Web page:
Unfortunately, as Phase II and Phase III of drug development clinical trials require dose tolerance and dose response exploration only, PK investigations are often a secondary objective Touw et al. Most of the drugs reaches Phase IV the post-marketing phase with very little information on the PK and PD behavior of the drug, and rarely with estimation on the appropriateness of accompanying TDM, which is left to the responsibility of practitioners Gross, ; Neef et al. Moreover, for most drugs, the need for TDM in proper management of therapy was discovered only in clinical practice.

However, in principle, having the PK and PD data available for the monitored drug, current computational techniques would allow full integration of these calculations in portable devices to provide a proper reference range delivered with the analytical answer, and would allow for fast results during the visit at the physician office for example , and for direct communication of the results to the centralized lab for continuous therapy surveillance. Many groups call for mandatory TDM in drug development clinical trials Neef et al. Besides the burden of additional blood sampling to the enrolled patients, the main hurdle to TDM inclusion in drug development and investigational trials and practice is cost Neef et al.

Indeed, incorporation of TDM in drug development requires additional investments from the industry in the development of a robust, validated bioanalytical assay. In addition, TDM is somehow also perceived by companies as a potential barrier for the subsequent effortless adoption of the drug in the clinical practice Neef et al. Both the increase in costs for drug developments along with a lack of awareness of the regulatory authorities and hence the obligation for companying TDM during drug development and approval led to the fact that little investment and research effort is made in the field, even so the new developments in terms of nanotechnology for sensor techniques are promising.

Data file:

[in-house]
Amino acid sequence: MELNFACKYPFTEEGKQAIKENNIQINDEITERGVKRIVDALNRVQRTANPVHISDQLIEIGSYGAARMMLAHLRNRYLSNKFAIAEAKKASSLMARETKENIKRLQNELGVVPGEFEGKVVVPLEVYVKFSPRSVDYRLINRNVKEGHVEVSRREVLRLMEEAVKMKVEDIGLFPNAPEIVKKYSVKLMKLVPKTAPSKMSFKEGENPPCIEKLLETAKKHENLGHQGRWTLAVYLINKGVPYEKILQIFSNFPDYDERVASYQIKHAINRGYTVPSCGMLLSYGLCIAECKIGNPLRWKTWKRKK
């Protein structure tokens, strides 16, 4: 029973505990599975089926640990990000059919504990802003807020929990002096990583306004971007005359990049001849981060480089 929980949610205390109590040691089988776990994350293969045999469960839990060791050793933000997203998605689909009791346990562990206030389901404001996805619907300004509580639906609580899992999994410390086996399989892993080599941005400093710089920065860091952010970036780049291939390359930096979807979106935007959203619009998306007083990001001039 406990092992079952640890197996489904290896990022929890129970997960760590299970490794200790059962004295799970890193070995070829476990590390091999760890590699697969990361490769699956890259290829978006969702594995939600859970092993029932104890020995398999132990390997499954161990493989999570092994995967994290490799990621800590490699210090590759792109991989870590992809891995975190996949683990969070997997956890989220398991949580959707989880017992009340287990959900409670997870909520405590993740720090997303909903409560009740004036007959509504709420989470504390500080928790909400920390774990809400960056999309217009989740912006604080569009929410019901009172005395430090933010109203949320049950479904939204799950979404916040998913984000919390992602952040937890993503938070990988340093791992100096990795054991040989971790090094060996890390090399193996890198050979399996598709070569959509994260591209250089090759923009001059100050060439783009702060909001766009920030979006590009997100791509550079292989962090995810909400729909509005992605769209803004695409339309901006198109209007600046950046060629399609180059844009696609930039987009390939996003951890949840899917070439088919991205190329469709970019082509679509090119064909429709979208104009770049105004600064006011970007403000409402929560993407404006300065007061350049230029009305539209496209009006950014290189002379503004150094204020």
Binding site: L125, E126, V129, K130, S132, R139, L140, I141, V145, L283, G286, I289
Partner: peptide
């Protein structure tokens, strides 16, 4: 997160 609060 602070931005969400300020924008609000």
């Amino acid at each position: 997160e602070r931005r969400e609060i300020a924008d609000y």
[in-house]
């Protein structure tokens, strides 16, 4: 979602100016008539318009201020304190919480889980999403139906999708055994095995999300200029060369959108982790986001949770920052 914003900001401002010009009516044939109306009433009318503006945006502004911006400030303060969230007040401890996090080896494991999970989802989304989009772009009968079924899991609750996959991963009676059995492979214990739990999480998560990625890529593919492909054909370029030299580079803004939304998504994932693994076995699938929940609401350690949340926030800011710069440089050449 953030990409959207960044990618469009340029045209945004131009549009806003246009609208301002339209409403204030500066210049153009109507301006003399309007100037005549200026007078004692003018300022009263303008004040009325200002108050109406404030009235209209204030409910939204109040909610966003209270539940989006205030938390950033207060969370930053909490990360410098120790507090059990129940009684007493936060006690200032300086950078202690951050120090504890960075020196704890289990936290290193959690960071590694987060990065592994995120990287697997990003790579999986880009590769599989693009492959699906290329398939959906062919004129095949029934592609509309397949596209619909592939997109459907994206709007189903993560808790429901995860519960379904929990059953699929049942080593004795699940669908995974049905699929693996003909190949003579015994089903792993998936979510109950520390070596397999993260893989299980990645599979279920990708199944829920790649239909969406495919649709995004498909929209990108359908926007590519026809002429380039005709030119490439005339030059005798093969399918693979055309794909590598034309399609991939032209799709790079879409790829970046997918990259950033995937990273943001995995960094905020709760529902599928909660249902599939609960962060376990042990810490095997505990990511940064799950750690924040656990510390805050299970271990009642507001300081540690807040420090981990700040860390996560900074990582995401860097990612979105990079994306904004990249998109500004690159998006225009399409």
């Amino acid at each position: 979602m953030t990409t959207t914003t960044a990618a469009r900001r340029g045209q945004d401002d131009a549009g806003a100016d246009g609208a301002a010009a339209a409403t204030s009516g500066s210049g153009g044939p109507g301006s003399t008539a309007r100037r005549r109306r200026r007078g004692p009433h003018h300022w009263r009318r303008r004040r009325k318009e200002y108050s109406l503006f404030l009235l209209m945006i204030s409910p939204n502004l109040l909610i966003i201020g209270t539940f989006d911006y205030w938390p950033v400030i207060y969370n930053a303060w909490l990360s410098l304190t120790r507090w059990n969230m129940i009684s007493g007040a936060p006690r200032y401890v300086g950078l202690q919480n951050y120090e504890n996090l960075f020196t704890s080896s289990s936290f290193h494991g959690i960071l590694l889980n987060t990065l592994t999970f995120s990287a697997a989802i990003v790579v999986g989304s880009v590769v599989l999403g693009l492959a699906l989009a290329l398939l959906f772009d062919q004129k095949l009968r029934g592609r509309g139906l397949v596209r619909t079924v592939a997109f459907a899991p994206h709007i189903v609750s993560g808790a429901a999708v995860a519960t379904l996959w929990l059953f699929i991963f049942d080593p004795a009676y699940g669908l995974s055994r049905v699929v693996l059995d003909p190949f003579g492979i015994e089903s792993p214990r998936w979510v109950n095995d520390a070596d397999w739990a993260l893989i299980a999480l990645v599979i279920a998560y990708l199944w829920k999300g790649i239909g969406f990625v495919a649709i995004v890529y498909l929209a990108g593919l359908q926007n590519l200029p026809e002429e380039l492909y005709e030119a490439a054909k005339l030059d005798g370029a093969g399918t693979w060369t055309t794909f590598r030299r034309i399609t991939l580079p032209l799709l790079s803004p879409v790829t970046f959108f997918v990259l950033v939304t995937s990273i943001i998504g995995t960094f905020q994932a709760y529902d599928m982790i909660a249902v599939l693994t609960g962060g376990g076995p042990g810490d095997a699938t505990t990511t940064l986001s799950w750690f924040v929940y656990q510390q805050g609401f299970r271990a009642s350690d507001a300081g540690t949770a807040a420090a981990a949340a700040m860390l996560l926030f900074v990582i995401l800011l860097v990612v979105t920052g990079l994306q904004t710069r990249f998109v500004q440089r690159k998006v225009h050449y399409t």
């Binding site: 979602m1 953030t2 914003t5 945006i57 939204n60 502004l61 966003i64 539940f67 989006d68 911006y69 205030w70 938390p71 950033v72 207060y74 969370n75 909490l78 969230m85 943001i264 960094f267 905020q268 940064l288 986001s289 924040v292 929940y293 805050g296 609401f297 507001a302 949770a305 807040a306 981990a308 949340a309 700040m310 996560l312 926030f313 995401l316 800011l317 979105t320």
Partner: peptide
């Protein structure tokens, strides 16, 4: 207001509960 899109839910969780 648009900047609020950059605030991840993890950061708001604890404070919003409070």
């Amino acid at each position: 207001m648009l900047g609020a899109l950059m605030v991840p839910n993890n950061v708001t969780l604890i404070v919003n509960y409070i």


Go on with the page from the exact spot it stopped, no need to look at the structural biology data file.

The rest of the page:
The main points where improvements need to be made and can be gained with nanotechnologies are to increase the sensitivity in order to work with smaller sample volumes allowing for a repeated sampling or even more non-invasive sampling such as tears or sweat. Smaller volumes also mean that the time of reaction with the sensor system decreases and hence the time-to-result. The most commonly employed technologies for TDM so far have been extensively revised for the different classes of drugs [see, for example, Dasgupta and Wahed ].

Usually, drug concentration is monitored from a plasma sample, though whole blood could also be analyzed Aronson and Hardman, ; Reynolds and Aronson, Sample treatments extract the total drug available in plasma that is the sum of the protein-bound and free drug in circulation. Depending on the assay chosen, the analytical protocol has to be validated at each step from the pre-analytical phases to result communication and storage. The pre-analytical phase includes patient preparation, sample collection, sample treatment, and is often unique to the drug to be analyzed.

For example, lithium therapy monitoring cannot be performed on sample collected in standard lithium heparin blood tubes, and colorimetric tests may suffer the interference of a poorly drawn blood sample from hemoglobin interference Aronson and Hardman, ; Reynolds and Aronson, ; Dasgupta and Wahed, Analytical separation techniques are widely established methodologies for TDM.

Appropriate sample pretreatment is required. It involves solvent or solid-phase extraction Bugamelli et al. These techniques rely upon sophisticated and expensive equipment that has to be operated by technically skilled personnel and are usually more common in large clinical research laboratory. In large laboratory hospitals, immunoassays with different read-out technologies, ranging from nephelometry, chemiluminescence, to colorimetry and fluorescence see Figure 1 for a survey of these techniques , are available for a panel of drugs in multi-well plate assays with ready-made proprietary reagents compatible with automatized commercial system already in use for other analyses.

These commercial systems often include automatized sample pretreatment.

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Protocols may differ among centers, and each center performs a proper analytical validation of the methodological protocol and the entire process, as guidelines require ensuring accurate and robust analyses Shipkova et al. Some immunoassays fall short of simultaneous determination of a drug and its active metabolite Mikel et al. Different commercial assays present different or none cross-reactivity patterns, for many of which the literature offers details Kang et al.

Figure 1.